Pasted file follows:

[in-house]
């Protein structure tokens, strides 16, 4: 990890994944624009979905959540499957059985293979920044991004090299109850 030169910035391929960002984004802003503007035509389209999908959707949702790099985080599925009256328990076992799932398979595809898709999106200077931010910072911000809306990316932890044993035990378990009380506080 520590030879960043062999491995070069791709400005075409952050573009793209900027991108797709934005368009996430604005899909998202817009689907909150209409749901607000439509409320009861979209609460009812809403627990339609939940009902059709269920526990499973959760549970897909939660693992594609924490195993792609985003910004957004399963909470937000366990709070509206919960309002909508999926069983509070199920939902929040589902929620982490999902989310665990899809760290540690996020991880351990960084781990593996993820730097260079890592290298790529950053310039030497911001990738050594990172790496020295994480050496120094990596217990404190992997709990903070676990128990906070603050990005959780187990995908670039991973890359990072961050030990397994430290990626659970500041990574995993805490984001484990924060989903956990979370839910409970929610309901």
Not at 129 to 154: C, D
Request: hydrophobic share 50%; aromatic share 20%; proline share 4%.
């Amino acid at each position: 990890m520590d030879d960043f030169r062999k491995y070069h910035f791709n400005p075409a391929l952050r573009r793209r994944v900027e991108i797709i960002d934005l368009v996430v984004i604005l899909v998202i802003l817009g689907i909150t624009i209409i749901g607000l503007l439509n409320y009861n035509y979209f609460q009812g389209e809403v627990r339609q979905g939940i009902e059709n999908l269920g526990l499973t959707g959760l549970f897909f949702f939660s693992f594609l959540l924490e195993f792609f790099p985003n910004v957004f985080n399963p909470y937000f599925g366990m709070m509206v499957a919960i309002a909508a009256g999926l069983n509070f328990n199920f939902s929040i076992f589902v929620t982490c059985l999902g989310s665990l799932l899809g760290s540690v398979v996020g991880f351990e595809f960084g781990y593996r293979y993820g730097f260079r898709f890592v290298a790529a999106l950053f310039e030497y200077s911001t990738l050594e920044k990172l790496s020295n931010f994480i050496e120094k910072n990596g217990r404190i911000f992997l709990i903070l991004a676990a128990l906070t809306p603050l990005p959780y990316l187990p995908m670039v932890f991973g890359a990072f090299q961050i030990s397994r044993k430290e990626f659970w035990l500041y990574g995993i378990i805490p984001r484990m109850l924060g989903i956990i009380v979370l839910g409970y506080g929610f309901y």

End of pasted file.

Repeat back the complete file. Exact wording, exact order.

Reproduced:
[in-house]
């Protein structure tokens, strides 16, 4: 990890994944624009979905959540499957059985293979920044991004090299109850 030169910035391929960002984004802003503007035509389209999908959707949702790099985080599925009256328990076992799932398979595809898709999106200077931010910072911000809306990316932890044993035990378990009380506080 520590030879960043062999491995070069791709400005075409952050573009793209900027991108797709934005368009996430604005899909998202817009689907909150209409749901607000439509409320009861979209609460009812809403627990339609939940009902059709269920526990499973959760549970897909939660693992594609924490195993792609985003910004957004399963909470937000366990709070509206919960309002909508999926069983509070199920939902929040589902929620982490999902989310665990899809760290540690996020991880351990960084781990593996993820730097260079890592290298790529950053310039030497911001990738050594990172790496020295994480050496120094990596217990404190992997709990903070676990128990906070603050990005959780187990995908670039991973890359990072961050030990397994430290990626659970500041990574995993805490984001484990924060989903956990979370839910409970929610309901």
Not at 129 to 154: C, D
Request: hydrophobic share 50%; aromatic share 20%; proline share 4%.
């Amino acid at each position: 990890m520590d030879d960043f030169r062999k491995y070069h910035f791709n400005p075409a391929l952050r573009r793209r994944v900027e991108i797709i960002d934005l368009v996430v984004i604005l899909v998202i802003l817009g689907i909150t624009i209409i749901g607000l503007l439509n409320y009861n035509y979209f609460q009812g389209e809403v627990r339609q979905g939940i009902e059709n999908l269920g526990l499973t959707g959760l549970f897909f949702f939660s693992f594609l959540l924490e195993f792609f790099p985003n910004v957004f985080n399963p909470y937000f599925g366990m709070m509206v499957a919960i309002a909508a009256g999926l069983n509070f328990n199920f939902s929040i076992f589902v929620t982490c059985l999902g989310s665990l799932l899809g760290s540690v398979v996020g991880f351990e595809f960084g781990y593996r293979y993820g730097f260079r898709f890592v290298a790529a999106l950053f310039e030497y200077s911001t990738l050594e920044k990172l790496s020295n931010f994480i050496e120094k910072n990596g217990r404190i911000f992997l709990i903070l991004a676990a128990l906070t809306p603050l990005p959780y990316l187990p995908m670039v932890f991973g890359a990072f090299q961050i030990s397994r044993k430290e990626f659970w035990l500041y990574g995993i378990i805490p984001r484990m109850l924060g989903i956990i009380v979370l839910g409970y506080g929610f309901y």